Associate Professor of English Matthew Wilkens is fascinated by the use of geography in literature over time. How, for example, did the Civil War affect the importance of certain places in American literature, and what can literature tells us about Americans’ sense of place?
The answer can be found in books written during that period — potentially thousands of them, many more than Wilkens could ever read and analyze himself.
To consider the widest possible range of literary production, Wilkens turned to computation. He was recently awarded a $325,000 Digital Humanities Implementation Grant from the National Endowment for the Humanities to bolster Textual Geographies, a database and suite of tools he is developing that allow users to find, map, and analyze more than 14 billion place name mentions from books and journals in English, Spanish, German, and Chinese.
“I’m very pleased to receive this grant,” he said. “It’s nice to be able to bring new partners into the project and to have the funds and resources to work with — things that would be much more difficult to do without that financial backing.”
Textual Geographies draws its data from HathiTrust, a digital database of more than 100 institutions’ library holdings, many of which were originally scanned for Google Books. In 2014, with support from an American Council of Learned Societies fellowship, Wilkens mined HathiTrust’s public-domain texts — about four million volumes published before 1923 — for place name mentions.
With the NEH grant, Wilkens is able to expand the project. Significantly, he’ll add an additional six million in-copyright volumes to the database. Collaborating with postdoctoral fellow Dan Sinykin and the Notre Dame Center for Research Computing, he’s also developing tools that make the terabytes of data accessible to scholars who don’t have backgrounds in programming or data analysis.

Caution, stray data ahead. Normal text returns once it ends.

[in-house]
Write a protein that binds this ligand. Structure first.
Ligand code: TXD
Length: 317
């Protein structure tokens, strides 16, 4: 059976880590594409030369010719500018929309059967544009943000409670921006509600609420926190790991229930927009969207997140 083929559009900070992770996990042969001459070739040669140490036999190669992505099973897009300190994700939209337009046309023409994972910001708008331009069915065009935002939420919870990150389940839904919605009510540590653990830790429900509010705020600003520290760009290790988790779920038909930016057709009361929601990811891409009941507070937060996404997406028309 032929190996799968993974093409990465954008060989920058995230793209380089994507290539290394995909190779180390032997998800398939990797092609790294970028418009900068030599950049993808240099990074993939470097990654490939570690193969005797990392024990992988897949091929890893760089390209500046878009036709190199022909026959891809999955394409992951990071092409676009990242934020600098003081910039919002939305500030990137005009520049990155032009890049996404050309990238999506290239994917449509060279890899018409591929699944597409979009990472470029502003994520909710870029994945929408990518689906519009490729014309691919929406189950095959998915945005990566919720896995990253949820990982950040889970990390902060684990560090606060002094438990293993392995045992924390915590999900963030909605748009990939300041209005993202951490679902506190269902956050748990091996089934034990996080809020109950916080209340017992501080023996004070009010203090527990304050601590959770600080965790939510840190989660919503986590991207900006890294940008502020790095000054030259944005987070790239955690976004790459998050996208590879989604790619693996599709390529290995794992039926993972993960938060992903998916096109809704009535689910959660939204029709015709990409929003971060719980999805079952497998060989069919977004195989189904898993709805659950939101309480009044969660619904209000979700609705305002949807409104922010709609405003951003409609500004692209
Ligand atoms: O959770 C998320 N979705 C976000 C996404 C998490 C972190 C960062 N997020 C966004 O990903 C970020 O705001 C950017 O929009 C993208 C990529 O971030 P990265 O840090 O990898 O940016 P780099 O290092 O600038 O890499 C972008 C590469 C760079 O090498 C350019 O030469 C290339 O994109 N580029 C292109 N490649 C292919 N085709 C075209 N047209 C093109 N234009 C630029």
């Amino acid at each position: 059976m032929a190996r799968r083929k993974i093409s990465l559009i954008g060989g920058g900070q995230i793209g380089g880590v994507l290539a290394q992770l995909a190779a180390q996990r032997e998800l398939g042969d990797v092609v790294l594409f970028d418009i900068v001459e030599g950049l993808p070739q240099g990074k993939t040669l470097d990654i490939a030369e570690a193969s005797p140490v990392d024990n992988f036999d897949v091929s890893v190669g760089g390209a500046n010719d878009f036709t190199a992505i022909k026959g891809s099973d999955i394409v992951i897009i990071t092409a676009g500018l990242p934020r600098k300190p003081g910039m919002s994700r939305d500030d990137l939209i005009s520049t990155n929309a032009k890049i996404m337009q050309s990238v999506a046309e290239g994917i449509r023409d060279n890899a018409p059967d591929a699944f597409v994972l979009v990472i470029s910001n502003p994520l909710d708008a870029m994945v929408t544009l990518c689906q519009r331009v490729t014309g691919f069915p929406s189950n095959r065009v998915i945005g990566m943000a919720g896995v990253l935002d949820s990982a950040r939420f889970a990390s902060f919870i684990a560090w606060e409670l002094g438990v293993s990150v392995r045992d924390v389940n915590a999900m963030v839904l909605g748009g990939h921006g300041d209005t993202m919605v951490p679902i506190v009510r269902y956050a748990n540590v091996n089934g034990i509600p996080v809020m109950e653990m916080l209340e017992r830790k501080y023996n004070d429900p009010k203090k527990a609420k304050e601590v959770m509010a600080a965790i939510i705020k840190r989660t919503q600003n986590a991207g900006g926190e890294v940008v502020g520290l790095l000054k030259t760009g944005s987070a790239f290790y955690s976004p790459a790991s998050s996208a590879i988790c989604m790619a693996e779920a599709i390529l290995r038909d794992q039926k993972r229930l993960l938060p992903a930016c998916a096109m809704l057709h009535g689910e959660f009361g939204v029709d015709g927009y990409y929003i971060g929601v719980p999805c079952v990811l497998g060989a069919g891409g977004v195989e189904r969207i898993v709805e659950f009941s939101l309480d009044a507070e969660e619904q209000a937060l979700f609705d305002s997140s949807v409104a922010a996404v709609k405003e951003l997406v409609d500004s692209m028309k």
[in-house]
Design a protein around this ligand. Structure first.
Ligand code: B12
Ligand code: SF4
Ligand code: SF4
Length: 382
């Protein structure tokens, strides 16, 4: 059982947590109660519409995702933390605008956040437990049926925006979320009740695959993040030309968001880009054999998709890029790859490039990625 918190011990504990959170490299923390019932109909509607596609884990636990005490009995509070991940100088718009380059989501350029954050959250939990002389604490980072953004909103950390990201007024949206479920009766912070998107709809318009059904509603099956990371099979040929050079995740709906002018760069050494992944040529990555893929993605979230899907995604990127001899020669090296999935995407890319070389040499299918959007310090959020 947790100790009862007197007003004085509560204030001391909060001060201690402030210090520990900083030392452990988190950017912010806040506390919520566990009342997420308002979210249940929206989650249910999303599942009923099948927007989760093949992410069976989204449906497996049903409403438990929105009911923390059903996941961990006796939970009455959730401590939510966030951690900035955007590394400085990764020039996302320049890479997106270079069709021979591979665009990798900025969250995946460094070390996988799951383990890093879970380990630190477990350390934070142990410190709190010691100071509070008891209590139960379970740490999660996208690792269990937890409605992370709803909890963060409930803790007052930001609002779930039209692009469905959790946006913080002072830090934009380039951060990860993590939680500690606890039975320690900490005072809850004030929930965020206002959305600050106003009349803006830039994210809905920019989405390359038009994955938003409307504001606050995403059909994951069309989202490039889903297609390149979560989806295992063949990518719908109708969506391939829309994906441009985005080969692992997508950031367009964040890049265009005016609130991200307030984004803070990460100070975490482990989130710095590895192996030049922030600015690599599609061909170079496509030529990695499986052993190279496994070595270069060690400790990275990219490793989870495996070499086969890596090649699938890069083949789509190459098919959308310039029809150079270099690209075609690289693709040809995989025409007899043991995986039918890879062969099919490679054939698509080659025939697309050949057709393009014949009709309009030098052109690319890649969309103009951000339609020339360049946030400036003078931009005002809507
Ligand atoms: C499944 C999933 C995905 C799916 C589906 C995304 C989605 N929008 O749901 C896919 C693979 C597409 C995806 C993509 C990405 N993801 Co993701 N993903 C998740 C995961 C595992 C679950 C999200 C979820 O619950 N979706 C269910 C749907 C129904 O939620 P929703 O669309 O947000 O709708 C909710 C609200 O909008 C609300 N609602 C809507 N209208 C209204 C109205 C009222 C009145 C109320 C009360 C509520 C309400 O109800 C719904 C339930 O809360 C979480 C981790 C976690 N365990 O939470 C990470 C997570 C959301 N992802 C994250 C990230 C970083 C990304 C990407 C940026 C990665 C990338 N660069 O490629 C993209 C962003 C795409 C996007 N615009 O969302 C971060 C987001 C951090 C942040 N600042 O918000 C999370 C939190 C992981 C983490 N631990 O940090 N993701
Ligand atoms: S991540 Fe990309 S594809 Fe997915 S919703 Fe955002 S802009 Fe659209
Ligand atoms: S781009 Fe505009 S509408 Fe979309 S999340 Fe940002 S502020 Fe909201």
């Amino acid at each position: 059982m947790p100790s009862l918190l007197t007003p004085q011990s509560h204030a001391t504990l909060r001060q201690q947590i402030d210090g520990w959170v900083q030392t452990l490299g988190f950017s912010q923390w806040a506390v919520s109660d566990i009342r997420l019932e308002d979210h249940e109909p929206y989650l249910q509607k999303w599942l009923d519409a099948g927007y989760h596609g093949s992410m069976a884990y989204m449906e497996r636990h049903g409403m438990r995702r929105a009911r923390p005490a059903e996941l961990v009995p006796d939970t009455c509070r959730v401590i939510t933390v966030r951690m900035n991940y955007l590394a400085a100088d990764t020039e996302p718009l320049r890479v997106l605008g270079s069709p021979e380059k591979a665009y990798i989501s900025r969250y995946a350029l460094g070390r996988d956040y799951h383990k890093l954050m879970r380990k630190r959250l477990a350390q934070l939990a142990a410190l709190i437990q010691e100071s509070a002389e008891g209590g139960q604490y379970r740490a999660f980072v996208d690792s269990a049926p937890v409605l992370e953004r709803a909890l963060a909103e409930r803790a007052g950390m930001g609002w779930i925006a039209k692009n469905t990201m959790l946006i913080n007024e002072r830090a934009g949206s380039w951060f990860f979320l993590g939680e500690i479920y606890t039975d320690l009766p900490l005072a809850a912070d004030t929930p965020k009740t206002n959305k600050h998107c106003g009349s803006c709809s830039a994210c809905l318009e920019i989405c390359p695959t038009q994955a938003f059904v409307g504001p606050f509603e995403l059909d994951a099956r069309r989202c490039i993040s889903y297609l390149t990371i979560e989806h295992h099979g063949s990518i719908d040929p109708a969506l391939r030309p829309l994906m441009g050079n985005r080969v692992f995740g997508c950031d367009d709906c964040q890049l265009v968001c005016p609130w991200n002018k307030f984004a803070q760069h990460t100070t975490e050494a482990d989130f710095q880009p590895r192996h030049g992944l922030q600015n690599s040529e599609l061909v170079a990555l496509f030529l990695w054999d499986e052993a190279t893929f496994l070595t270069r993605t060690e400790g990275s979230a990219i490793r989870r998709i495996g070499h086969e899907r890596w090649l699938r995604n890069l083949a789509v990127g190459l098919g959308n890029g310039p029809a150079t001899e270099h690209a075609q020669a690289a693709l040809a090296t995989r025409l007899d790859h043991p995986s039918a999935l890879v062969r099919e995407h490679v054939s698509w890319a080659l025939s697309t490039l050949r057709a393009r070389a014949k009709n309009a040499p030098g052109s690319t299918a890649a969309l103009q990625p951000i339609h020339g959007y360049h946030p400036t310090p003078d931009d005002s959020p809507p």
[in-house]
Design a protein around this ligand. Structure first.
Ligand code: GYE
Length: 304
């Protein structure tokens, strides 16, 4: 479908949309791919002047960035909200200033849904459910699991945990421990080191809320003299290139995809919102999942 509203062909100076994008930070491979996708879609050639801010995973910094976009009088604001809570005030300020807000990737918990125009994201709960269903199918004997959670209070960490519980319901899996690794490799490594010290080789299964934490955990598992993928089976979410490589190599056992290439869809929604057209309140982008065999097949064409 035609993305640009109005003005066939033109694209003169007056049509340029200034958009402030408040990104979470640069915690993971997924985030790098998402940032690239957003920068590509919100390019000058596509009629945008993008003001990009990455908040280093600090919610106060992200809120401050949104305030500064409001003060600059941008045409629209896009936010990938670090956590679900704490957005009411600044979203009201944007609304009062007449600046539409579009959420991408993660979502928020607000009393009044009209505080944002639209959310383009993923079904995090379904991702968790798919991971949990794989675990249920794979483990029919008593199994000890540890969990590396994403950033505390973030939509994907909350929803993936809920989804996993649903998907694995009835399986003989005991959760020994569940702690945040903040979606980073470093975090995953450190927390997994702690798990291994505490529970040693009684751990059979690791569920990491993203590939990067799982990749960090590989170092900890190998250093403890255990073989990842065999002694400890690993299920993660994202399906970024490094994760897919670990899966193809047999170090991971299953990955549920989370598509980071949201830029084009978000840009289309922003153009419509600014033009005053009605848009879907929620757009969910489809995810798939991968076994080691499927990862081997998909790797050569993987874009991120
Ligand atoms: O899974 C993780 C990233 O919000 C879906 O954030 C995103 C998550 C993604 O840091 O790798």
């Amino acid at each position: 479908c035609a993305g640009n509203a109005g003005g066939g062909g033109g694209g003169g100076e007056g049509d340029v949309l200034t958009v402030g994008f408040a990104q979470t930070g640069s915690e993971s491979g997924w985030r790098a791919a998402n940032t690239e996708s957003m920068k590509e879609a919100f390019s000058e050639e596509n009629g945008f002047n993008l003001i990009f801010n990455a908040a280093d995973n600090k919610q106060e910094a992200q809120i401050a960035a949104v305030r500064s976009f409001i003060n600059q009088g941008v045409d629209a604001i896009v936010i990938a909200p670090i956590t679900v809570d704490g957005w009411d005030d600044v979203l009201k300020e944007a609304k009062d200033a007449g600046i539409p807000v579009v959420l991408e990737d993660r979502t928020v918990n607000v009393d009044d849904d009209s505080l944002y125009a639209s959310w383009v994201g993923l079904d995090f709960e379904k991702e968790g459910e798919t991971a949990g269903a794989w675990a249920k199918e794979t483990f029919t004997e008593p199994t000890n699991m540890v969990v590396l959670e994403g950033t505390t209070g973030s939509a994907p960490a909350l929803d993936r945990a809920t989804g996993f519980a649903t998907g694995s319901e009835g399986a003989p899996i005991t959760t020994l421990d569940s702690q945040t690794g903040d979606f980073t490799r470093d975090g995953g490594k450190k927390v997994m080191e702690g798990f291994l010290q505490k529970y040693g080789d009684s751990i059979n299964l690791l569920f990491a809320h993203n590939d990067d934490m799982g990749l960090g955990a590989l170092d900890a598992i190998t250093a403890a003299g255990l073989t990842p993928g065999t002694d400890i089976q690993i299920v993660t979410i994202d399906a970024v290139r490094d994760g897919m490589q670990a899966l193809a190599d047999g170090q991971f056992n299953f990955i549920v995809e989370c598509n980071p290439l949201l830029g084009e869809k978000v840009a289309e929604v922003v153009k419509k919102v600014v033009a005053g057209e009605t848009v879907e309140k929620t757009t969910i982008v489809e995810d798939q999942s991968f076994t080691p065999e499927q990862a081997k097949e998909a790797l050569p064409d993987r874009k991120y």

“They can quickly say, ‘show me how many mentions there are of locations in France in the following kinds of books written by women between 1940 and 1970, and compare that to the same demographic after 1970,” Wilkens said. “It’s an impossible question to answer by conventional means.”
Charting changes in place name mentions across literary production can give scholars an even better picture of changes in culture over time — Wilkens is using the database to research a book on the literary geography of the United States, among other projects.
He’s already used large-scale analysis to provide new insight on American literature after the Civil War. In a study of place name mentions in books published between 1851 to 1875, Wilkens found that literary interest in certain places didn’t change after the war as quickly as previously thought.
“In the evidence we saw that America as a unified entity certainly didn’t emerge as quickly or as straightforwardly as that story might have led us to believe,” he said.
Textual Geographies adds a new tool to a growing field within literary studies, of which Wilkens is a notable leader. He is also the president of the Digital Americanists Society and a co-investigator on “Text Mining the Novel,” a project that aims to understand the novel’s place in society through quantitative methods.
This graph, developed with Textual Geographies, illustrates the lag time between changes in U.S. city populations and corresponding changes in literary usage rates. In other words, if a lot of people move west, how long does it take for authors to start writing about western locations en masse? In this case, about 30 years.
Those methods have become all the more important over the past few generations, as literature is increasingly thought of as “socially symptomatic,” Wilkens said.
“If we say, ‘what does the fact that this book existed with these features, in this form, tell us about the culture that produced it,’ the obvious followup to that is, ‘what about all the books?’” Wilkens said.
Combining computational analysis with traditional literary analysis, Wilkens said, allows scholars to more fully understand how literature reflects — or influences — the time and place in which it was published and the people who read it.
“Those two kinds of evidence potentially play together really well, the kind of evidence that we get from close reading and literary hermeneutics coupled with this large scale, trend-based evidence,” Wilkens said. “I try to use both kinds of evidence in my own work. I think a lot of the best computational and quantitative work in the humanities likewise uses both.”